Alec Stewart talks all things Wicket Keeping ahead of Legendary Wicket Keeper's Dinner
THE WICKET KEEPERS’ UNION
We caught up with former England Test captain Alec Stewart about his craft, his peers and his career as he looks forward to next year’s Legendary Wicket Keepers Dinner, which will bring 30 Test keepers together under one roof for the first time.
On 27 September 2016, the London Hilton on Park Lane will host the largest ever gathering of Test wicket keepers, after household names from far and wide accepted invitations from Taverners stalwart Brian Downing OBE to attend the latest in a series of ambitious fundraising dinners.
Adam Gilchrist, Kumar Sangakkara and Ian Healy headline an all-star list of ‘Legendary Wicket Keepers’ spanning different eras and continents, including 13 who have played Test cricket for England.
Of that group of England players, none have played more Test matches than Alec Stewart, who donned the gloves in 82 of his 133 Test appearances, and who is now Director of Cricket at his county, Surrey.
Here, Stewart talks to The Long Room about his glittering career, the unique skill set required to be an international Test keeper, and his thoughts on being reacquainted with idols and rivals at the Legendary Wicket Keepers Dinner.
What do you think are the attributes needed to be a great wicket keeper?
Firstly, you’ve got to be able to catch the ball! I know it sounds obvious, but that’s how a wicket keeper is judged – on the number of times they catch the ball. So that’s where you work from, but obviously there’s far more to it. Technique is vital, both standing up to spin bowling and standing back to pace bowling, so that you can adapt to different types of conditions around the world. You also need energy and concentration, and you’ve got to be thick-skinned as well. If a batsman plays a bad shot or a bowler bowls a bad ball then it isn’t usually a major talking point, but if the wicket keeper drops a catch or misses a stumping it’s there for everyone to see – and as a result, you have to be able to cope with everything that can be written or said about you in adversity.
Which wicket keepers did you learn from when you were working on that aspect of your game in the early part of your career?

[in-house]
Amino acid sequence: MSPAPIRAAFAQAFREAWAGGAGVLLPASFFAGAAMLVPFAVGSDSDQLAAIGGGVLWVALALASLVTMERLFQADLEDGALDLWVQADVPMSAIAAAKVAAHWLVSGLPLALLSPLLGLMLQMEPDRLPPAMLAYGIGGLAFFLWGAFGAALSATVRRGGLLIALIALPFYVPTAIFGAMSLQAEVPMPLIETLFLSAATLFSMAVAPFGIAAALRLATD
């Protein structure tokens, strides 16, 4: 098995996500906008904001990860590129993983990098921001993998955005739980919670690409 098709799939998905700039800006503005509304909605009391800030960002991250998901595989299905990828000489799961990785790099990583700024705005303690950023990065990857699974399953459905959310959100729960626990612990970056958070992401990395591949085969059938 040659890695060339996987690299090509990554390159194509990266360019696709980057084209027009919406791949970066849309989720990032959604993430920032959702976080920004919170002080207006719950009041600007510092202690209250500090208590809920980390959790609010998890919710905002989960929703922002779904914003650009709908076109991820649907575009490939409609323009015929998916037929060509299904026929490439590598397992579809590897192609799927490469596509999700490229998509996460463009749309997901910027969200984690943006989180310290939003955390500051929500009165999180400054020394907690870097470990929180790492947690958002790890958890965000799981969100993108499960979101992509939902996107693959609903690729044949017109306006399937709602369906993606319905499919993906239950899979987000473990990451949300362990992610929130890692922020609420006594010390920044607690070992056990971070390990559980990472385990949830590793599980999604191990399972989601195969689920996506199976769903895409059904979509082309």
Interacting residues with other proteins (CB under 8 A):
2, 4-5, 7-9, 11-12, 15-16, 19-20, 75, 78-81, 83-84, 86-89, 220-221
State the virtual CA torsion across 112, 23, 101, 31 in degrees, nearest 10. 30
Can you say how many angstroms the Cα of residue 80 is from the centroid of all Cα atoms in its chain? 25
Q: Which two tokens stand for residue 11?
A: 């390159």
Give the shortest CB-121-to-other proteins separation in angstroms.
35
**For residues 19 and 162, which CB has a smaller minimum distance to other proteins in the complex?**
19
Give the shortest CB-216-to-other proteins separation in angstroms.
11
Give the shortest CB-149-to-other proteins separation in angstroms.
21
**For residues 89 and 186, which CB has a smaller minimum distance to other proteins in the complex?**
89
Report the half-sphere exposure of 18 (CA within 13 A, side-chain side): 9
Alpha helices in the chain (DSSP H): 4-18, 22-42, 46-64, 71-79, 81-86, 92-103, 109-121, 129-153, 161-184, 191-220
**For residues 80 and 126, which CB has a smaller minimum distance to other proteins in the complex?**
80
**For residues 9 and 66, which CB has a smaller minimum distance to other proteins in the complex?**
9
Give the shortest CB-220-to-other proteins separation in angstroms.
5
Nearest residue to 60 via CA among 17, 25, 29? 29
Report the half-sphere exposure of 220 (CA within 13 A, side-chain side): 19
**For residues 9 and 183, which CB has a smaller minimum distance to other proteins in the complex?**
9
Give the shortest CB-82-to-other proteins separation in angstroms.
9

I was a late starter – I didn’t keep as a youngster – and, growing up, I was a top-order batsman who was a good fielder. When I first turned professional, I used to spend my winters in Australia and that’s when I first started to keep wicket properly. I wasn’t the regular wicket keeper when I first came into the side at Surrey – that was very much Jack Richards – but there was a dearth of wicket keepers in English cricket at the time and it progressed from there. Alan Knott is someone who, growing up, I always admired and looked up to, and when I broke into the England set-up he was the part-time wicket keeping coach. Bob Taylor and Jack Russell also had a major impact on my keeping career, but Knott would take the biggest credit for all the hours he put in with me on the training ground, and for the time we spoke on the phone or face-to-face about how I could improve all aspects of my keeping.
Some of the best keepers in the history of Test cricket will be at the Legendary Wicket Keepers Dinner. Will those in attendance notice a strong camaraderie between you all?
It’s a real keepers’ union. You’re on your own at times in that position, but there’s a rare understanding among wicket keepers of how tough the job is, and of the levels of energy, fitness, strength and agility that you must have to do it properly. It’s like being part of one great, big family, and you can see that from the number of people who are attending from all parts of the cricketing world. I think there’s been a dinner for captains, batsmen, and bowlers, but quite often the wicket keeper is taken for granted. So it’s a one-off opportunity for so many top-class international keepers to be in one room at one time, and there will be a real common bond between all of us, because we all understand what wicket keeping is all about, and what a challenge it is.
Who was the best wicket keeper you played with or against?
I always say Ian Healy, because keeping to Shane Warne was a challenge in itself. Warne bowling around the wicket to a right-hander into the bowler’s rough was as tough as it gets for a wicket keeper. Healy was an athletic keeper who was good both standing up and standing back, and made brilliant one-handed diving catches. So I’d say him overall, but Jack Russell standing up to the stumps was as good as any during the time that I played.
Who was the toughest bowler to keep wicket to?